You can have a great website that is getting a lot traffic, but is it serving its purpose? Learn how your website can do, what it was intended to do.
4 Things Your Website Must Have Or It's Failing you
In marketing your business these days, one of the most important "conversations" you will ever have with prospective clients happens without you even being present. It's the home page of your website.
There are two main types of websites that you could have for your business:
1/ The "Call to Action" Site
2/ The "Brochure" Site
2/ The "Brochure" Site
Both types primarily refer to the home page and we're going to focus on the "Call to Action" today.
The home page of your website should give a quick snapshot of what you provide -- in language that tells the reader how HE benefits from that. Think WIIFM (What's In It For Me) from your reader's viewpoint.
In this time of instant gratification and ever-shortening attention spans, you need to grab your visitor's attention immediately.
You want them interested enough in what you say and what you do that they explore the other areas of your website. You want them to desire what you are offering -- whether it be your restaurant menu, your auto repair services, your bookkeeping services, your virtual assistant services or your coaching programs -- and you want them to take action to learn more.
1. Get their attention.
You get their attention with the headline and opening paragraph. You can either focus on a problem or challenge that your target audience has or offer them a great benefit. Studies show that focusing on the problem AND offering readers a solution to that problem gets the best response.
For example: "Small Business Owners Beware! Studies show that 4 out of 5 small businesses fail in the first year!"
The problem is clear. You get it. And, you don't want to fail, so you read on to learn more.
The opening paragraph will go on to paint a picture of what that problem is and what it is costing you.
2. Hold their interest.
Now that you've gotten their attention and they resonate with the problem you've outlined, it's time to keep their interest by talking about the value and benefits that you provide.
Explain in a paragraph or two what you do that will teach them or assist them in eliminating "the problem" that you mentioned in the headline.
3. Inflame their desire.
If you've done a good job explaining the benefits that you offer, your visitor may now be asking himself, "Does this really work?" or "Is this another scam?".
It's your job, or rather your home page's job, to answer the visitors' questions. You can do that here by sharing a success story or a testimonial about your process, services, etc. Let your visitor hear from real people what you've done for them.
For example: "Every time I finish a conversation with Sandy, I am excited and energized to implement what she has recommended for my business. By helping me see the hard results that I provide to my clients, Sandy inspired me to ask for, AND GET, a 20% increase in what I charge. Following her suggestions is a lot easier than I imagined it would be and her techniques work!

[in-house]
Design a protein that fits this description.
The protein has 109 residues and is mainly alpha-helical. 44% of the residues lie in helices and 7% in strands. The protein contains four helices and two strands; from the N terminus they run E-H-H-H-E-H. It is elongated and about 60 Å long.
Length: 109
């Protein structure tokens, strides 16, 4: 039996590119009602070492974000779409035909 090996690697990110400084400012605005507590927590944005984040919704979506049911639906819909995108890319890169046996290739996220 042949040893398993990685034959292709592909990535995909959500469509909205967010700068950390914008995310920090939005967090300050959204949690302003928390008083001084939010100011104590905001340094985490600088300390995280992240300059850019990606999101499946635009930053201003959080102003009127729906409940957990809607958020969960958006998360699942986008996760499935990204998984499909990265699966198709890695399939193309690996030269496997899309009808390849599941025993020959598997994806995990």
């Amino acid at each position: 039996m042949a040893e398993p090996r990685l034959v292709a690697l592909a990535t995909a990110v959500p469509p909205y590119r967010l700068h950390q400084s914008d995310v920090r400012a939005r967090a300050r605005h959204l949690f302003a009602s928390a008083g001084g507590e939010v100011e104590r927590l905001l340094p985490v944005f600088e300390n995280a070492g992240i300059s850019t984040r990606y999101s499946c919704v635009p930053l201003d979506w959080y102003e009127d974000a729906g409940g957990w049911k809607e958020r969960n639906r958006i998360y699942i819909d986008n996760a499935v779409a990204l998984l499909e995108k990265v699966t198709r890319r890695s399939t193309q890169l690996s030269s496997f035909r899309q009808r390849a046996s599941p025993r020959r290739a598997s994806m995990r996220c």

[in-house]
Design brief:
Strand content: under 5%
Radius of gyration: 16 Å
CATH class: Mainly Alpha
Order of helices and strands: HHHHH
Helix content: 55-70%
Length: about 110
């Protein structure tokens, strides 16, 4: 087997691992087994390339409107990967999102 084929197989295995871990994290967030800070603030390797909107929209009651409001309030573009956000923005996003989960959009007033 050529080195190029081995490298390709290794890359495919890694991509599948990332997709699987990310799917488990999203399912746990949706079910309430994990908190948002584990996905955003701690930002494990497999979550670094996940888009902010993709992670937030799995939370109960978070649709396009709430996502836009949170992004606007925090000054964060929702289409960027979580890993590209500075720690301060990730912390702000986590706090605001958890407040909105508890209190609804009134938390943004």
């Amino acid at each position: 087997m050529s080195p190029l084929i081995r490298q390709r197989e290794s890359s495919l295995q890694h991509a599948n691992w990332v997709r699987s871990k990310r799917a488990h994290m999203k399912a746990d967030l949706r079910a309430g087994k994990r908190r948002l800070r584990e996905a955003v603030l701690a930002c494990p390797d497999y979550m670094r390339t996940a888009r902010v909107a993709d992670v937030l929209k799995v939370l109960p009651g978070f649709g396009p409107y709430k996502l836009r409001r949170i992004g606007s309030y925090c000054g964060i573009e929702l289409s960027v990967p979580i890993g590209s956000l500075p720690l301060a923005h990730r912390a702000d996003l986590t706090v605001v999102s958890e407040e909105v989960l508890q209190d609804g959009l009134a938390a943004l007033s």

The above was written by Karley Grandy, one of my clients, and helps you to grasp the benefits that I provide my clients.
4. Call to Action
What do you want your first-time visitor to do? Very rarely will he just pick up the phone and say "I want to hire you", so you need to quench his thirst with some free information.
This is where you can point your visitor to a free report, e-course or your email newsletter (ezine) Ideally, you will have a sign-up box for your newsletter on EVERY page of your website.
Make it easy. If your visitors need to search, they will go elsewhere.
Capturing first-time visitors' name and primary email address should be the call to action that you seek. It doesn't matter what type of business you are in -- coach (think motivational stories, Feng Shui tips, etc.); restaurant (think special menu items or coupons); auto repair shop (think seasonal check-ups or "How to survive a road trip with your family"-type articles); virtual assistant (think Outlook tips, etc.) -- you should always keep in touch with your clients and prospective clients.
An ezine (email newsletter) gives you permission to contact them every week, two weeks or month (I wouldn't do an ezine less than once a month) and continuously offer them good information.
Take a look at your website today -- is it doing its job?
Leading Small Business Expert and Author, Sandra Martini teaches small business owners how to create more success in their business while maintaining their sanity and having fun. Sandra's coaching programs are available via teleconferencing, emails and telephone calls. For more information and to receive the FREE special report, "7 Wealth-Building Secrets of Successful Entrepreneurs", visit http://www.SandraMartini.com today.
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